With the introduction of the 2002 Nissan Altima, many were predicting the death of the Maxima, a car Nissan has been selling in the U.S. since 1982. It never made sense that Nissan would kill a car with such name recognition, but at the same time, the Maxima seemed obsolete, overpriced and underwhelming when compared to the quick and spacious Altima. For the 2004 model year, the Maxima will share a platform with the new Altima which sort of begs another question won't the new Maxima be little more than a fully loaded Altima?
While messing with a proven formula can always be tricky, our initial stint behind the wheel proves the new Maxima is clearly an improvement over the old and is much more than simply a decked-out Altima.
The Maxima still sports the same award-winning VQ-series DOHC, 24-valve, 3.5-liter V6 engine as in previous issues, but now that engine is good for 265 horsepower. That's a 10-hp increase over the 2003 model, but more importantly, the Maxima now offers 20 horsepower more than the V6 Altima.
The Maxima lineup has been reduced to just two trim levels: 3.5 SL and 3.5 SE. The SE is still the sporty model with a firmer suspension and bigger 18-inch wheels, while the more luxury-oriented SL has 17-inch wheels and a slightly softer suspension. The SE is available with an optional six-speed manual transmission while a five-speed automatic with shift-it-yourself mode is standard on the SE. Oddly, the SL comes only with a four-speed automatic.
All Maximas come with Nissan's Skyview Roof, which is sort of like a narrow moonroof that runs the entire length of the roof. The Skyview Roof cannot be opened like a traditional sunroof, but sliding doors inside on the headliner can be opened or closed to let in more light, or block out the sun. A traditional power sunroof is available as an option.
Without question, for 2004 the Maxima has moved up market. The new car is 1.4 inches wider, has a 2.9-inch longer wheelbase and offers increased trunk capacity. In 3.5 SL trim, the Maxima is clearly a near-luxury car that bridges the gap between Nissan and Infiniti models. An eight-way power driver seat, a dual-zone automatic climate control and a dash display that provides audio and trip computer readouts are all standard. The dash area in particular looks much more appealing than previous Maximas. Textured suedelike material adorns the door panels and dash area, giving the latter a sort of "floating" appearance. This kind of attention to detail is unnecessary, but Nissan planners learned a valuable lesson when complaints began to arise about the Altima's rather bland interior. Overall, the interior improvements work well not once did it feel as if we were riding in an Altima.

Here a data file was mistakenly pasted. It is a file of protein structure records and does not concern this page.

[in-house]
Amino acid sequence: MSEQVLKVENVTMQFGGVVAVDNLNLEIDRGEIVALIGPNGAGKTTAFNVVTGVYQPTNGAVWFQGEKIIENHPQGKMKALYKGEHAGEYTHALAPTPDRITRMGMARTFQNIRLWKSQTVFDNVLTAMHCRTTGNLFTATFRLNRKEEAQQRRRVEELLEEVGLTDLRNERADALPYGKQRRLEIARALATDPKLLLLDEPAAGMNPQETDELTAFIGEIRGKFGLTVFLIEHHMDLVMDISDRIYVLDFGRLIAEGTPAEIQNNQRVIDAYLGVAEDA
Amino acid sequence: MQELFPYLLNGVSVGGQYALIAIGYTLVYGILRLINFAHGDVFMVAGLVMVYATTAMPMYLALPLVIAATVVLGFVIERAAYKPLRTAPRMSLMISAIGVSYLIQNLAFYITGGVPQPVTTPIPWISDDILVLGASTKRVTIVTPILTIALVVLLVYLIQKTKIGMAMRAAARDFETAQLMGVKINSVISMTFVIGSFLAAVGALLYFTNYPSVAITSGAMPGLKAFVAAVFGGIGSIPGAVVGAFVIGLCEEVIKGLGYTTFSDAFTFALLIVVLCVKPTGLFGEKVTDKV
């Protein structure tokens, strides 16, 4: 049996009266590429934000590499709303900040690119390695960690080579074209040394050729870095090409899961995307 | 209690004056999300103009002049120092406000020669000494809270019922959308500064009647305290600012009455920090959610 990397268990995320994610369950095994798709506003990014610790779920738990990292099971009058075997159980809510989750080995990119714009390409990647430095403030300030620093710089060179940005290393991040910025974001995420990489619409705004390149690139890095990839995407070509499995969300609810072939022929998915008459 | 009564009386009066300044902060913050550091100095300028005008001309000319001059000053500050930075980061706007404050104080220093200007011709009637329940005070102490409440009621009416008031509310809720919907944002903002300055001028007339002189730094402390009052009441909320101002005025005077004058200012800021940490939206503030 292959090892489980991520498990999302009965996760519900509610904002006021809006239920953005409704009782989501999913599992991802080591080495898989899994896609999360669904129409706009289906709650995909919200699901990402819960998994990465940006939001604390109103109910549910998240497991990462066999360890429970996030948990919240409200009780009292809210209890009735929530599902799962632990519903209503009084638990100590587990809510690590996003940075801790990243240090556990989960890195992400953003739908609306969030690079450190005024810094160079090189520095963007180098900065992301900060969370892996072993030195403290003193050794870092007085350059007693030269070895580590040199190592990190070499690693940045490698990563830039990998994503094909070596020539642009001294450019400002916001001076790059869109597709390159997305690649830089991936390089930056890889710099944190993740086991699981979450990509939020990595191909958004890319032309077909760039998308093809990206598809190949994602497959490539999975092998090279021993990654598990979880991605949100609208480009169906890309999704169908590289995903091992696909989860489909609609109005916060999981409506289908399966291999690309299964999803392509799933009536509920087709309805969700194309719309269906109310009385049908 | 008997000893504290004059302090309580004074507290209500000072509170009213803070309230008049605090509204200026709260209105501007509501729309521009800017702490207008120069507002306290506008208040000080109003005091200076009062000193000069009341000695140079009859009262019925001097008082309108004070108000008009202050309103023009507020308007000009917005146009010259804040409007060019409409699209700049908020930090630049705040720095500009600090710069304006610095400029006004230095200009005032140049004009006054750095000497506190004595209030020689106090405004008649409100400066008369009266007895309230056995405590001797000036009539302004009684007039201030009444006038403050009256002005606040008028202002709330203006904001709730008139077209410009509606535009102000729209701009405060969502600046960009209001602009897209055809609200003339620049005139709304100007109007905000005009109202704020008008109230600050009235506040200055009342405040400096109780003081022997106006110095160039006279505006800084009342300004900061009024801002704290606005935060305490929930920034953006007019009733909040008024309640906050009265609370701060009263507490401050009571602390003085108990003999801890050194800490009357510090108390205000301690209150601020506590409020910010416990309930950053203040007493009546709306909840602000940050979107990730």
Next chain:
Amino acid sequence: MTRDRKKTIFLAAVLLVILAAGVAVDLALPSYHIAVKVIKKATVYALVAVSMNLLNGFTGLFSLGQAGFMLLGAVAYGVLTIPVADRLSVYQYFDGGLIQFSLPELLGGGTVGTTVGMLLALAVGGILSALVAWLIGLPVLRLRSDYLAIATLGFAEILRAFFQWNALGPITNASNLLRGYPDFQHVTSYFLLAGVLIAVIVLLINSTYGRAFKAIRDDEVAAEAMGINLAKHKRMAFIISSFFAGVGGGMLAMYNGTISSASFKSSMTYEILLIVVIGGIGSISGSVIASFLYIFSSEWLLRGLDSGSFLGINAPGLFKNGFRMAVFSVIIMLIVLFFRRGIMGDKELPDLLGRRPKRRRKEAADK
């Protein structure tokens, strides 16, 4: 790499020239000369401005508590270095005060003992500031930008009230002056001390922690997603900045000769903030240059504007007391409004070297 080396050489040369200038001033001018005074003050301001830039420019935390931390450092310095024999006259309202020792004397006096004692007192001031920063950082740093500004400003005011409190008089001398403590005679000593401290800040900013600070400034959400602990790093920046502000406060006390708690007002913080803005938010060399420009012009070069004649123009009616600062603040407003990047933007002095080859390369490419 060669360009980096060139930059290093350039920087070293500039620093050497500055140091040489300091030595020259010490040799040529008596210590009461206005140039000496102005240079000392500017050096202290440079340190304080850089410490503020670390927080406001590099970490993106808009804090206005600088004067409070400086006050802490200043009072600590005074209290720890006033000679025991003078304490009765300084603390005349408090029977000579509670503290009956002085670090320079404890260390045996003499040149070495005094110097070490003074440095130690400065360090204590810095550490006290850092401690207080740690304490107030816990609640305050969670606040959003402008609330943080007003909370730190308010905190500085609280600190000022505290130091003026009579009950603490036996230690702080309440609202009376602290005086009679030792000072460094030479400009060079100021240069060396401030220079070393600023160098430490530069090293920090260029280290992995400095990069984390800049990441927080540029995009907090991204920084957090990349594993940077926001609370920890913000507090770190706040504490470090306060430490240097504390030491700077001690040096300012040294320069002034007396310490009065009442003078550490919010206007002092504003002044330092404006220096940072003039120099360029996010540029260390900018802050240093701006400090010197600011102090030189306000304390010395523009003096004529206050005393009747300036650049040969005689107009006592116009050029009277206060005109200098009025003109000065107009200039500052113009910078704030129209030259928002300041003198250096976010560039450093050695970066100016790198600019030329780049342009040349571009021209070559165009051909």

The optional Elite Package affixes even more luxury to the Maxima by changing the rear seating area into a more comfortable two-passenger setup. A rear center console is added that features controls for the seat heaters as well as a switch to operate the power rear sunshade. Additional high-end options include a more powerful Bose audio system, DVD-based navigation system and XM or Sirius satellite radio.
The front seats are comfortable for long-distance travel, and the rear seats offer excellent hip-, leg- and headroom. The Elite Package engenders a limolike feel to the backseat in terms of space and comfort. The new design of the center dash area looks bold, but most of the buttons are the same size, shape and color making it hard to figure out how to operate certain features without consulting the manual and/or taking your eyes off the road. After a few hours of seat time, nothing seemed out of place.
Our only complaint with regard to ergonomics is the small joystick-type button that must be used to access certain information in the main display screen. The button itself is not a terrible idea, but it is difficult to use when the car is moving. Once your finger is touching the knob, a bump or turn can cause unwanted adjustments.
We were able to drive the 3.5 SL and 3.5 SE both have a distinct character with the six-speed SE being the most fun. While the Maxima does exhibit a little torque steer under hard acceleration (especially when equipped with the six-speed), carving up back roads is still a rewarding experience. As the 3.5 SL is sprung a little more softly than the SE, there is more body roll around turns. On the open highway, the Maxima has a well-composed ride and the cabin remains quiet.
Now that the Maxima is a more upscale vehicle, educating the sales staff will be a huge part of its success. Nissan is upgrading its dealerships with what it calls "a more customer-friendly environment." With all its added content and features, the Maxima may be closer to competing with brands like Acura or even the company's own Infiniti brand, and those customers will not take kindly to the "hard sell" tactics many low-priced import brands resort to. A negative dealership experience may be the only weak spot in the Maxima's potential success.
Longer, wider, more luxurious and more powerful than its predecessor, the 2004 Nissan Maxima has definitely moved up market. Just like the Toyota Camry and Honda Accord, the Maxima has slowly changed from a compact family sedan to a near-luxury midsize sedan. But unlike the Accord and Camry, Nissan has long exploited the Maxima's performance advantage; thankfully that has not changed for the 2004 model year. By offering a true alternative to other midsize sedans, the 2004 Maxima is proof that Nissan "gets it." The Maxima is a terrific car that has a lot to offer midsize-sedan consumers who want more than just appliance-like transportation.